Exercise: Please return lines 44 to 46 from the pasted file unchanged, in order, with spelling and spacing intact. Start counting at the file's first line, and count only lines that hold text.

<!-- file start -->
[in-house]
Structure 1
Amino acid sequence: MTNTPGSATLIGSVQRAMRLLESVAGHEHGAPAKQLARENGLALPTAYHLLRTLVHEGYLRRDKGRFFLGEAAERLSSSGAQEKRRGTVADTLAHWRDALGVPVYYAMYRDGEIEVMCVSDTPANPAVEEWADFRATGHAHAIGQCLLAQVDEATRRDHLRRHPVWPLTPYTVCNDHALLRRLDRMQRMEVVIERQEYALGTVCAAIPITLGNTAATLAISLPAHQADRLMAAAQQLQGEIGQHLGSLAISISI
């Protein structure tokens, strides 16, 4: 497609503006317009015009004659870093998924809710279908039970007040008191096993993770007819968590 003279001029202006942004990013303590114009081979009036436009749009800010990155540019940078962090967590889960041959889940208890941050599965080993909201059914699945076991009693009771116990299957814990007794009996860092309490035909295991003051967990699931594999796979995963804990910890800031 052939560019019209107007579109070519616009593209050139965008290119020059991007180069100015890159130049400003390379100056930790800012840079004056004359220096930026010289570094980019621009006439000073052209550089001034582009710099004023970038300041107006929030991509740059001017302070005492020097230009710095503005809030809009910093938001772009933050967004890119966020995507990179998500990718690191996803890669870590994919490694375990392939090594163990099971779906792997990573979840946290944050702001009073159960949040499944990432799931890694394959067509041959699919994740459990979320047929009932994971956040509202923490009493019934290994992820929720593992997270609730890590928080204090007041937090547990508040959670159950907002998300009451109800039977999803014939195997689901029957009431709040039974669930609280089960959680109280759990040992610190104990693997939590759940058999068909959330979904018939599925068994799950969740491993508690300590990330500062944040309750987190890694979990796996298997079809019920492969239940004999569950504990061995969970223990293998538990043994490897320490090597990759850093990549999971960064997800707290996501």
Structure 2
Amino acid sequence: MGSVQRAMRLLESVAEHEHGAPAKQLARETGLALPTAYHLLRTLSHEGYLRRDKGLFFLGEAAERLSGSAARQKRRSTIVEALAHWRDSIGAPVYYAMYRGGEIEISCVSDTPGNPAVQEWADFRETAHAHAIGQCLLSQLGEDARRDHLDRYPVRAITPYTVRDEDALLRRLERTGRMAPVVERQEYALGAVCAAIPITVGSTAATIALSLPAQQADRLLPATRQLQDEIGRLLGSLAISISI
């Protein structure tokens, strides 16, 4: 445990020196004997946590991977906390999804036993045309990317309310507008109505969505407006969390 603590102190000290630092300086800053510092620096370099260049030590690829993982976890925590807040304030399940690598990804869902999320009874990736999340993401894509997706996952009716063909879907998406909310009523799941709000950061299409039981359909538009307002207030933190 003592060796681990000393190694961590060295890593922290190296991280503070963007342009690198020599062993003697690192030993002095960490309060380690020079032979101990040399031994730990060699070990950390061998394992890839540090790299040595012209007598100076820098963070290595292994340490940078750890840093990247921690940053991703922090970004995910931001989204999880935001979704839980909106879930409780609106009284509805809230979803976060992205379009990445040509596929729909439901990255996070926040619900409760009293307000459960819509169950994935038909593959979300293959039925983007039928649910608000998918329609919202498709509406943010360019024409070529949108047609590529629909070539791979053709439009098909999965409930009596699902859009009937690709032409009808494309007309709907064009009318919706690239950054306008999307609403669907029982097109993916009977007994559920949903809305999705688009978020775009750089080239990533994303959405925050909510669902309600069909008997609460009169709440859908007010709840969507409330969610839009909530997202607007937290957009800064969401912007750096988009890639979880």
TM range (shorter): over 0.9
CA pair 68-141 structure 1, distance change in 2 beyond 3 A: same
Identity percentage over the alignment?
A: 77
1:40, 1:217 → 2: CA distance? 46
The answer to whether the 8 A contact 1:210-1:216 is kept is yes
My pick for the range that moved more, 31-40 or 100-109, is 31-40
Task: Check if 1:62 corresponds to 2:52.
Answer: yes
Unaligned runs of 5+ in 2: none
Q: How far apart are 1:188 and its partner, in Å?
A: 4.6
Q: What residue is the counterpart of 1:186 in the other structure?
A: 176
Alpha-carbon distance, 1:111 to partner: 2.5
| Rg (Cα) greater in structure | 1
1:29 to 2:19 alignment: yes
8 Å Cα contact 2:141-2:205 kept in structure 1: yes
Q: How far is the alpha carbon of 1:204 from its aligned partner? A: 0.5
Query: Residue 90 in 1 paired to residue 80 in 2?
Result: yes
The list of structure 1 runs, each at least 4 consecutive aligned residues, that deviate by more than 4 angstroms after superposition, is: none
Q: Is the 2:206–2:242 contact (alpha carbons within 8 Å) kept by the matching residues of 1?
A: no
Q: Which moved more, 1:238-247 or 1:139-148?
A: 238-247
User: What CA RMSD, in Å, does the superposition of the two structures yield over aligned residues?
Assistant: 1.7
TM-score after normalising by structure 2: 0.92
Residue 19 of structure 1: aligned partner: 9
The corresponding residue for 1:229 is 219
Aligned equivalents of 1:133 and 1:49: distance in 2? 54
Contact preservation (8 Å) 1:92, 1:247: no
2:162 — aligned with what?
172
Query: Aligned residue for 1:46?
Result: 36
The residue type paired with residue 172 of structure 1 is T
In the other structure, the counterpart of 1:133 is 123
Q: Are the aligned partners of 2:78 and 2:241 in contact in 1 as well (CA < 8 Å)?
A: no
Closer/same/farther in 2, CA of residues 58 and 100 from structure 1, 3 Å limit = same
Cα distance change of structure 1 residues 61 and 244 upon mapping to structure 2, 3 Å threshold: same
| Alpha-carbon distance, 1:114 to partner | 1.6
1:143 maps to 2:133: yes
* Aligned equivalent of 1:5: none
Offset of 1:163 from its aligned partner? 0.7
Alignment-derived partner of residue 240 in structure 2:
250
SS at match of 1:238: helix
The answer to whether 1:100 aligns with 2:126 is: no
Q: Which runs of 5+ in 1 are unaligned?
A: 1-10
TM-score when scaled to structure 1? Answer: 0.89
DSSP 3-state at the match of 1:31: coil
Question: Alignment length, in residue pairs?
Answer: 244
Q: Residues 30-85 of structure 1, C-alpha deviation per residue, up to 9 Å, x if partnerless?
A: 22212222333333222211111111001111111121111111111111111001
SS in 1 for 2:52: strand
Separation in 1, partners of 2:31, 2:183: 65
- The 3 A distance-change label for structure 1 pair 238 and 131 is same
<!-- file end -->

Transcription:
Result: 36
The residue type paired with residue 172 of structure 1 is T
In the other structure, the counterpart of 1:133 is 123